September 28, 2004
World-renowned physicist Bulent Atalay will speak at Oklahoma Baptist University from 9 to 11 a.m., Friday, Oct. 8, in the Bailey Business Center Auditorium.
Atalay's recent book, "Math and the Mona Lisa" explores the relationship between art and science through the works of Leonard Da Vinci.
Atalay is a scientist and artist, himself, with roots in Turkey, England, and the United States.
Atalay received an early classical education in England and the United States, attending Eton (UK) and St. Andrew's School (Delaware), site of the 1989 Robin Williams film, Dead Poet's Society. He went into physics by accident when a secretary in the college admissions office misread his career aspirations as "physicist" instead of "physician," but he found he had latent interests in physics. His professional training — BS, MS, MA, Ph.D. and post-doctoral work in theoretical physics — took place at Georgetown, UC-Berkeley, Princeton and Oxford. Now, he is a professor of physics at the University of Mary Washington, an adjunct professor at the University of Virginia, and a member of the Institute for Advanced Study, Princeton.
An accomplished artist, Atalay has presented his works in one-man exhibitions in London and Washington, and his two books of lithographs — Lands of Washington and Oxford and the English Countryside — can be found in the permanent collections of Buckingham Palace, the Smithsonian, and the White House. He is currently working on a second book in the same genre as Math and the Mona Lisa with co-author, classicist Keith Wamsley.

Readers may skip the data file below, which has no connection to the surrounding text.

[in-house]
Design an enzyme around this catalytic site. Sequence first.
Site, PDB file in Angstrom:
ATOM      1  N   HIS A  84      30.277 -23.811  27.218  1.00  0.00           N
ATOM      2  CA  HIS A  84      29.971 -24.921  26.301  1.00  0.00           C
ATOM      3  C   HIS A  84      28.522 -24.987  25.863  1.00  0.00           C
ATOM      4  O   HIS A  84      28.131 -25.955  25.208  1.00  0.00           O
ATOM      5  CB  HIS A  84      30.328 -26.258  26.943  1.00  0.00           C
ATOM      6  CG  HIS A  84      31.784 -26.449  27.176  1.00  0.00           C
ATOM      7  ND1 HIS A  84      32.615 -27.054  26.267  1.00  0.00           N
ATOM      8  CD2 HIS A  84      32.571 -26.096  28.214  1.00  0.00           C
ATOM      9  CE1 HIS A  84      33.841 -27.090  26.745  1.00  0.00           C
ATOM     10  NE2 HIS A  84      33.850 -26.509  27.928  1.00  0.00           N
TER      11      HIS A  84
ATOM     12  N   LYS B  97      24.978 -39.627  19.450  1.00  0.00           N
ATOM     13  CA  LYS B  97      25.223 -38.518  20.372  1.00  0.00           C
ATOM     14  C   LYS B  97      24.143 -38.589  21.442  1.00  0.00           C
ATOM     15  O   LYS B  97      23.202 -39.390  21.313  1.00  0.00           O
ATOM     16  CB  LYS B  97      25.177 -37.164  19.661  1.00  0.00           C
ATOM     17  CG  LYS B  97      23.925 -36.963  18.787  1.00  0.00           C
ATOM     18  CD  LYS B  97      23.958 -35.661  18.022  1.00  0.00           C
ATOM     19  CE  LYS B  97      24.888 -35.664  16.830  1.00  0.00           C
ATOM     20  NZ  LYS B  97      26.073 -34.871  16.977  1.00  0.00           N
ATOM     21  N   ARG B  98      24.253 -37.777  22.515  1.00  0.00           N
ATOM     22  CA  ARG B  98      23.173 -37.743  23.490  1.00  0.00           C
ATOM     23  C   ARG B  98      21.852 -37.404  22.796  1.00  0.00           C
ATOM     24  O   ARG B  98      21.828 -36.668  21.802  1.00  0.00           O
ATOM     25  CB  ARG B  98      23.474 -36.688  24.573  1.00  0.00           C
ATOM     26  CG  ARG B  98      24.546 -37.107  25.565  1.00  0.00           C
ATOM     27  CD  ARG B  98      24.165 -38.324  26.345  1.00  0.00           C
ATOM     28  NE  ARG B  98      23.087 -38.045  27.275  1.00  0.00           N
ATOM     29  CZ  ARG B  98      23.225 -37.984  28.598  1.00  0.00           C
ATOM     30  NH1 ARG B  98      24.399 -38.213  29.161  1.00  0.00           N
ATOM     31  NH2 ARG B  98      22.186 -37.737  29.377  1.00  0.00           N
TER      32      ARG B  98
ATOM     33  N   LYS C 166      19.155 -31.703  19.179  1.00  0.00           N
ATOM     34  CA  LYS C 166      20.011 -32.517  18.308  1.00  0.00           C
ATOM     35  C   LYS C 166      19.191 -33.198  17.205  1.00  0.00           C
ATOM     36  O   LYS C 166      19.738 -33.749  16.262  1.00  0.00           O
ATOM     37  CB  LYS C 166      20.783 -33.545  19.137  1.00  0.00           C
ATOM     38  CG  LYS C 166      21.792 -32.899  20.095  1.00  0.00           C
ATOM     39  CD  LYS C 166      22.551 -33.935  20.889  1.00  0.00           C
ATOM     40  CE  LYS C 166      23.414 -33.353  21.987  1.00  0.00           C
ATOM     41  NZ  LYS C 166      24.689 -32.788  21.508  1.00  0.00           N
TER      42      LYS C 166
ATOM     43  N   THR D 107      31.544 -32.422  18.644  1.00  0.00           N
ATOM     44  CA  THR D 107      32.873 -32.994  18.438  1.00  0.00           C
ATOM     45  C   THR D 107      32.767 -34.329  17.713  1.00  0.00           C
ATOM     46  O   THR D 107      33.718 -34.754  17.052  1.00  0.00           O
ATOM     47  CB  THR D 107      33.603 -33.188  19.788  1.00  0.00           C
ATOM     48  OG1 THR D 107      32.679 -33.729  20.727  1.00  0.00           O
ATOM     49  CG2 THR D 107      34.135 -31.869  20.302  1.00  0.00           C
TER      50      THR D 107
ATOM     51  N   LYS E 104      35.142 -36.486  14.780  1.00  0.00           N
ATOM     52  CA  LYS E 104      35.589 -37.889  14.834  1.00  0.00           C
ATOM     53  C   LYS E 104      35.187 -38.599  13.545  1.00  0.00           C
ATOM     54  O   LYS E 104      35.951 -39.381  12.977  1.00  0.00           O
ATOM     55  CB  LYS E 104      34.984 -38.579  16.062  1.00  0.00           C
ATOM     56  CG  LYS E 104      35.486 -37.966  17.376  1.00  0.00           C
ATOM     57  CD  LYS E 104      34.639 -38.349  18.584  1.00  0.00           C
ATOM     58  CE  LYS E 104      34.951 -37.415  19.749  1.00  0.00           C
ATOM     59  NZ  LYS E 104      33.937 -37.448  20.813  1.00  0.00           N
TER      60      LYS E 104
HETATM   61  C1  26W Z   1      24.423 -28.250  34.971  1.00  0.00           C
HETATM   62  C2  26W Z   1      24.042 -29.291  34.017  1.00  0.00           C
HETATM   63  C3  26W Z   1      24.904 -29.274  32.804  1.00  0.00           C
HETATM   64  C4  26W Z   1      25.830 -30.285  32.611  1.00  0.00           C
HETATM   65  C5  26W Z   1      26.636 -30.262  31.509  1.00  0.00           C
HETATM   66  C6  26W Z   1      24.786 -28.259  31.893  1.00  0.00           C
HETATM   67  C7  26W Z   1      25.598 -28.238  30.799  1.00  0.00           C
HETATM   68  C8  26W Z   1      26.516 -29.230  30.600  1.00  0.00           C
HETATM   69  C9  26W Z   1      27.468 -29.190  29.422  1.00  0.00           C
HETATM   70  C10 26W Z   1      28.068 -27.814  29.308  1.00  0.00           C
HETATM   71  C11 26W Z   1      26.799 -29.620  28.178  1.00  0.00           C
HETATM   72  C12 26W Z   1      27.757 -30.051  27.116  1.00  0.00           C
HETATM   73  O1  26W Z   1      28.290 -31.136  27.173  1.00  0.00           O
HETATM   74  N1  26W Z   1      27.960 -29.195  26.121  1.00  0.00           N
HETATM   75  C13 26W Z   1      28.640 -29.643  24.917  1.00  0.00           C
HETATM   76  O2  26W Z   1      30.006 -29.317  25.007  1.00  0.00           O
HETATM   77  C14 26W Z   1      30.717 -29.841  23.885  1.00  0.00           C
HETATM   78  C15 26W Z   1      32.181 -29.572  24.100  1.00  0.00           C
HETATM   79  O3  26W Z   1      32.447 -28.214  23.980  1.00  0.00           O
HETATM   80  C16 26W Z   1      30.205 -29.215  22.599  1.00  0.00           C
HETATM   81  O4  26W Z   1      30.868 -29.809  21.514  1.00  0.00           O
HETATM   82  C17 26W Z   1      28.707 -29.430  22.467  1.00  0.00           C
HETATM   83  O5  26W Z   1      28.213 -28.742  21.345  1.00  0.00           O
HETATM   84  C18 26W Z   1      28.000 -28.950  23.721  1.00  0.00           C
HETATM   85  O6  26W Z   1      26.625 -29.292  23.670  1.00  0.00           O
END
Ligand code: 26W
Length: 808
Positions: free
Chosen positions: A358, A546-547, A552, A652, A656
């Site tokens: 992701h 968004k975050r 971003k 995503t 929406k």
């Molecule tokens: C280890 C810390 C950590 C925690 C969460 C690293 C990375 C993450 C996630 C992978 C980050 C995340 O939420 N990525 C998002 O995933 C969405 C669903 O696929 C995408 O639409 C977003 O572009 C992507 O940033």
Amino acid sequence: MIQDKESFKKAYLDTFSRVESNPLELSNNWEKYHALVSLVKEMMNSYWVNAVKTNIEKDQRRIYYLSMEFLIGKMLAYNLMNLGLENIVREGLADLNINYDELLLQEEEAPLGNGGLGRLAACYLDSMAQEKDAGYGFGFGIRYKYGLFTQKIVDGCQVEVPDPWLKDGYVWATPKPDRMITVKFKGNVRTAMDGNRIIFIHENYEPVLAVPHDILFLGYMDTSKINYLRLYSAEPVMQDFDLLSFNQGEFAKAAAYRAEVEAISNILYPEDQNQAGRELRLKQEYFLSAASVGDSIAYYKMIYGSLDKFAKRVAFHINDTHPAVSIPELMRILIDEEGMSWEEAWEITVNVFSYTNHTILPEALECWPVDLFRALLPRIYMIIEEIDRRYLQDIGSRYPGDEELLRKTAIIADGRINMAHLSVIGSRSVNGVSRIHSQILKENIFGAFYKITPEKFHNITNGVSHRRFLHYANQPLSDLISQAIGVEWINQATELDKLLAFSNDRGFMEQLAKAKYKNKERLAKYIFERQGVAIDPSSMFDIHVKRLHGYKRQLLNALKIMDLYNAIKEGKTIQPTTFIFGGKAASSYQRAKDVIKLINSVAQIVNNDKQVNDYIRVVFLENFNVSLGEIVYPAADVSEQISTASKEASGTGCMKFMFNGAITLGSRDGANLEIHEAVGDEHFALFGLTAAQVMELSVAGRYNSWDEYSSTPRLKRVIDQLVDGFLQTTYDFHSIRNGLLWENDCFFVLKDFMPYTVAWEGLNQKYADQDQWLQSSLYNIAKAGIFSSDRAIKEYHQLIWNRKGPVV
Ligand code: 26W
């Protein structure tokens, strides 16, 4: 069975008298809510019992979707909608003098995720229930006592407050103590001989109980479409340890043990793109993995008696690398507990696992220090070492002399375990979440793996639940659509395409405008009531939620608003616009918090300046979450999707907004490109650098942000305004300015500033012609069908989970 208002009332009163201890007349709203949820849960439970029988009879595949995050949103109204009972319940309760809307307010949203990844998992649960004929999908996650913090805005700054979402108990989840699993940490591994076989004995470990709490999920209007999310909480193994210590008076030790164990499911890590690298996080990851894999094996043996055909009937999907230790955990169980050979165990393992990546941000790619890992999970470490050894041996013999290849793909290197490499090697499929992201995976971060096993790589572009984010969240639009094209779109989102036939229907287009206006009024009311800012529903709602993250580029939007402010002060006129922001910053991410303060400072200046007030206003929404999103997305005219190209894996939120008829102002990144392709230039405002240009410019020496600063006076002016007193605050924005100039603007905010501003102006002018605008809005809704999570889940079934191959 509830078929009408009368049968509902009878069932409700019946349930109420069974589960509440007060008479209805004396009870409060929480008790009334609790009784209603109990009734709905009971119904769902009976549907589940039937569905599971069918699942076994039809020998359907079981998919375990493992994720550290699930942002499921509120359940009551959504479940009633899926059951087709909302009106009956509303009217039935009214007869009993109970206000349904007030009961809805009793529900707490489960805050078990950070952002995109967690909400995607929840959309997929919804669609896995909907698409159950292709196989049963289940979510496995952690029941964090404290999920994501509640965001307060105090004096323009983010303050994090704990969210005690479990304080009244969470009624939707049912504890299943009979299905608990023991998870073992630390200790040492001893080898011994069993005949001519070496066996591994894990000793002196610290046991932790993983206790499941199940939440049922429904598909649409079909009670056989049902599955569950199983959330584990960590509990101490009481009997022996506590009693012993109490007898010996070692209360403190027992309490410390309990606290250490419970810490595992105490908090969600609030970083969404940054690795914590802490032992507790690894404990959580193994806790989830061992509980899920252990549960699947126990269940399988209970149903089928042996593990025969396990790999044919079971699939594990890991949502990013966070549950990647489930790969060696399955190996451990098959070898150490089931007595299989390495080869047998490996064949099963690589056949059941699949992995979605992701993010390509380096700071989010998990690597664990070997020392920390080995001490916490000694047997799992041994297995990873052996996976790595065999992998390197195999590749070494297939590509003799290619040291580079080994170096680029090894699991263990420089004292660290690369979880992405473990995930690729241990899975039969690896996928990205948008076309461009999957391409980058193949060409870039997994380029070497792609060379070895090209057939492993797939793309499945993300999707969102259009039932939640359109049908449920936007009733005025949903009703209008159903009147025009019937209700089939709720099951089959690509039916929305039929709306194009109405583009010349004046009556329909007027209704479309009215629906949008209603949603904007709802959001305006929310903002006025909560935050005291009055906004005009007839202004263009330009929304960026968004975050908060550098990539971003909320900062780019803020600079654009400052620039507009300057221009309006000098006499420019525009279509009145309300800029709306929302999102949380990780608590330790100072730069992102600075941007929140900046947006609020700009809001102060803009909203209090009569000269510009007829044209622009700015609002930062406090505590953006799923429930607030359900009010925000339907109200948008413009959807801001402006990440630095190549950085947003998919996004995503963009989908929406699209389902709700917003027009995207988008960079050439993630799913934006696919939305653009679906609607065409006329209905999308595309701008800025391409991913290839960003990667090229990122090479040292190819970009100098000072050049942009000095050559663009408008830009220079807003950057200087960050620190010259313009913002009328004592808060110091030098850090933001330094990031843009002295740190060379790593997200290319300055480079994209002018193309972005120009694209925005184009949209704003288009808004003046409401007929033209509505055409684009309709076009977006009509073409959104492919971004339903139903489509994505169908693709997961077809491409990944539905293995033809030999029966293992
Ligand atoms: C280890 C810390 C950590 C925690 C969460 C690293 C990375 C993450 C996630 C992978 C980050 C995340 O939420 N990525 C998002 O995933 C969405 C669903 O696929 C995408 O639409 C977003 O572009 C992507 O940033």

Professor Atalay, whose permanent home is in Virginia, lectures around the world, mostly on the "A-subjects" — Art, Archaeology, Astrophysics, and Atomic physics. He has been a frequent keynote speaker to gifted students at the Johns Hopkins Center for Talented Youth; he has addressed engineers at NASA and NIST, physicians at Johns Hopkins, and physicists at the University of Oxford, Caltech, Stanford, and the University of Vienna.